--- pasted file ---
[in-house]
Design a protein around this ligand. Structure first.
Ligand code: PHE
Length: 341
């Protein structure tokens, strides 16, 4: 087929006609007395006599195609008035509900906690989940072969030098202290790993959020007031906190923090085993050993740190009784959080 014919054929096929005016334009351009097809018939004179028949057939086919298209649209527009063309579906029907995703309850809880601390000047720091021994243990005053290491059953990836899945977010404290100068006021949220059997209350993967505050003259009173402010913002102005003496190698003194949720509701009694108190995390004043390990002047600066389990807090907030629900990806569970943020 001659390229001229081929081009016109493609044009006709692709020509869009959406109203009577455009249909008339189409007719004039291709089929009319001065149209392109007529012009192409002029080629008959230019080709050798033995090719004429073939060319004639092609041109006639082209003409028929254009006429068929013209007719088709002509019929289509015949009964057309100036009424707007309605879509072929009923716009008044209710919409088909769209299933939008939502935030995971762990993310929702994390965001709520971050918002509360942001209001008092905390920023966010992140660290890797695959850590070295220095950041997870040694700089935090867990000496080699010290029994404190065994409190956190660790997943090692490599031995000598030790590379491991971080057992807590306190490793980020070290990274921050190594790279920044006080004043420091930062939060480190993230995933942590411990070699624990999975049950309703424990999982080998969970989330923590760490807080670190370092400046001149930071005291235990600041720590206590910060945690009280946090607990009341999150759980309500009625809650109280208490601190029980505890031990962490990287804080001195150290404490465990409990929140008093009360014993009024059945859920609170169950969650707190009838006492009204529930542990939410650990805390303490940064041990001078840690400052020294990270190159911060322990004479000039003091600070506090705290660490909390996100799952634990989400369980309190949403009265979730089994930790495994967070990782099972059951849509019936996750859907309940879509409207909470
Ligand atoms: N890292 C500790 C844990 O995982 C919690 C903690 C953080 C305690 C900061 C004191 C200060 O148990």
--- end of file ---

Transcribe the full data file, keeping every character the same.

[in-house]
Design a protein around this ligand. Structure first.
Ligand code: PHE
Length: 341
């Protein structure tokens, strides 16, 4: 087929006609007395006599195609008035509900906690989940072969030098202290790993959020007031906190923090085993050993740190009784959080 014919054929096929005016334009351009097809018939004179028949057939086919298209649209527009063309579906029907995703309850809880601390000047720091021994243990005053290491059953990836899945977010404290100068006021949220059997209350993967505050003259009173402010913002102005003496190698003194949720509701009694108190995390004043390990002047600066389990807090907030629900990806569970943020 001659390229001229081929081009016109493609044009006709692709020509869009959406109203009577455009249909008339189409007719004039291709089929009319001065149209392109007529012009192409002029080629008959230019080709050798033995090719004429073939060319004639092609041109006639082209003409028929254009006429068929013209007719088709002509019929289509015949009964057309100036009424707007309605879509072929009923716009008044209710919409088909769209299933939008939502935030995971762990993310929702994390965001709520971050918002509360942001209001008092905390920023966010992140660290890797695959850590070295220095950041997870040694700089935090867990000496080699010290029994404190065994409190956190660790997943090692490599031995000598030790590379491991971080057992807590306190490793980020070290990274921050190594790279920044006080004043420091930062939060480190993230995933942590411990070699624990999975049950309703424990999982080998969970989330923590760490807080670190370092400046001149930071005291235990600041720590206590910060945690009280946090607990009341999150759980309500009625809650109280208490601190029980505890031990962490990287804080001195150290404490465990409990929140008093009360014993009024059945859920609170169950969650707190009838006492009204529930542990939410650990805390303490940064041990001078840690400052020294990270190159911060322990004479000039003091600070506090705290660490909390996100799952634990989400369980309190949403009265979730089994930790495994967070990782099972059951849509019936996750859907309940879509409207909470
Ligand atoms: N890292 C500790 C844990 O995982 C919690 C903690 C953080 C305690 C900061 C004191 C200060 O148990």